Author: Krithika Muthuraman
Government of India’s Policy Think Tank, Niti Aayog released the Draft Data Empowerment and Protection Architecture (DEPA) in August 2020. The framework looks at empowering financial inclusion through individual agency over data. Towards this, the framework visualizes three building blocks: enabling regulations; cutting edge technology standards; and new types of public and private organisations with incentives closely aligned to those of individuals. The DEPA has been viewed to be an evolving policy, to constantly match the pace of change and growth in the area.
The key problem area identified as background to the framework is the exponential increase in data footprints created by Indians, while still lacking financial stability or resources, or in the words of the framework, Indians “becoming ‘data-rich’ at historic rates, even before becoming economically rich or even financially stable”. The increase in data footprint is because of better mobile and internet connectivity across the country and the resultant access to online payment systems, enabling more individuals, as well as MSMEs and local businesses, in to create credible transaction histories. Another concern identified with the existing scenario is that the provider of the data is not benefitting from the sharing of the data. In comparison with data governance frameworks in other countries/regions of the world, the DEPA views the Indian scenario to be unique. Unlike the European GDPR (General Data Protection Regulation) which is based on the largely financial demographic, the Indian scenario is currently moving towards financial inclusion, economic growth and data democracy.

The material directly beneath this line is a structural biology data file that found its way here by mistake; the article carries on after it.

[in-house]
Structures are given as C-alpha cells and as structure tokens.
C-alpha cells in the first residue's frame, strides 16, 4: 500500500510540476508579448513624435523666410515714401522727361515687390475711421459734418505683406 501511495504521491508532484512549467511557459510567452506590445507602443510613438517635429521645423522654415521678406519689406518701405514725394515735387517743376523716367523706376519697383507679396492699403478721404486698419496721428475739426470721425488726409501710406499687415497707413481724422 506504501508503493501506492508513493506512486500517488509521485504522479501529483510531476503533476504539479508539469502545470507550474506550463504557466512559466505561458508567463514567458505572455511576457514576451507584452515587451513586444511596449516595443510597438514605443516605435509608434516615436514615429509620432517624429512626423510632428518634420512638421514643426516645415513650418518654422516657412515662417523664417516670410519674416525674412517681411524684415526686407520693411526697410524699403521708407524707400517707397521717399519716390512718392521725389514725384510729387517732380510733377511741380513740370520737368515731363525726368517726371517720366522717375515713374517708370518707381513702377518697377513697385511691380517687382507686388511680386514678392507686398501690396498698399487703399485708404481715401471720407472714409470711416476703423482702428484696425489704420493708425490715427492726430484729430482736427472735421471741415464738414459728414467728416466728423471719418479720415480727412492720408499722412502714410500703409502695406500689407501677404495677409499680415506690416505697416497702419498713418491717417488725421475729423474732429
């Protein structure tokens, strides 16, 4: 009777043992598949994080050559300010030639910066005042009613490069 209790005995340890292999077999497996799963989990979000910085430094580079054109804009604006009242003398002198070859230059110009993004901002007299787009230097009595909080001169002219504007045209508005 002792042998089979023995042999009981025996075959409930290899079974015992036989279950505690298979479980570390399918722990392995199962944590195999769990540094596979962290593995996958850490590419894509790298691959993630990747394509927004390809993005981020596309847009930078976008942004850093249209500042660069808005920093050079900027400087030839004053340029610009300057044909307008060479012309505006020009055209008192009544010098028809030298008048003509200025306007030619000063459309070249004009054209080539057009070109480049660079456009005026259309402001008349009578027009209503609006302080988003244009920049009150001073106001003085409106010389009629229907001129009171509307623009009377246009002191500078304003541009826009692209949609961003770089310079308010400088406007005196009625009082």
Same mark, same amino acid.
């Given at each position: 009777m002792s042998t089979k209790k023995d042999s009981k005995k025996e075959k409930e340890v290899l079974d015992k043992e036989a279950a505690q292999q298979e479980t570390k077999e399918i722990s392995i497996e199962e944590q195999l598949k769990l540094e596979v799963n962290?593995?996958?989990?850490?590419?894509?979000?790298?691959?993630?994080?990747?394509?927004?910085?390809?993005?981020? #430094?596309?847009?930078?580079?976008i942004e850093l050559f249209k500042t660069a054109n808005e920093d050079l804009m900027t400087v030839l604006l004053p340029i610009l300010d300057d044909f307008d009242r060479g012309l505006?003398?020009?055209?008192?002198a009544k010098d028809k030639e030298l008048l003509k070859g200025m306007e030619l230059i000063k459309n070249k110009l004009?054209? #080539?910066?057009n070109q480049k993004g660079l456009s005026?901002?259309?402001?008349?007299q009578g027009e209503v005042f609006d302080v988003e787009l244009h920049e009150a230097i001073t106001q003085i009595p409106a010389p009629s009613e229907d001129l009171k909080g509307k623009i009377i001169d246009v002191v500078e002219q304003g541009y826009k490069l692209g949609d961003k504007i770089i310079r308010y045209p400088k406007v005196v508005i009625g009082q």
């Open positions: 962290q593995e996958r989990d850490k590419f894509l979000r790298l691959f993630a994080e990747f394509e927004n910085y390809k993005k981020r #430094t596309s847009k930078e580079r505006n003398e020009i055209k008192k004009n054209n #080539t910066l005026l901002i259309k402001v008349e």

The framework by proposing an individual-consent based data sharing model, views the digital financial footprint and existing data as potentially instrumental in building trust and furthering inclusion through seamless sharing with key institutions such as – hospitals, banks, or future employers. It proposes to do so through the introduction of private organizations known as ‘Consent Managers’ whose role will be to mediate between ‘Information Users’ and ‘Information Providers’, while ensuring informed consent from the individual in the process.
Among the DEPA’s stated guiding principles are “restoring individual agency, promoting informed consent for every data transaction (rather than blanket consent for data use), building in accountability for institutional data controllers…”.The DEPA has been introduced, keeping in mind, the specific challenges including those to credit-access faced by various MSMEs, local businesses and individuals in need.
The framework is open to public comments till November 30, 2020, and can be accessed here: https://niti.gov.in/sites/default/files/2020-09/DEPA-Book.pdf
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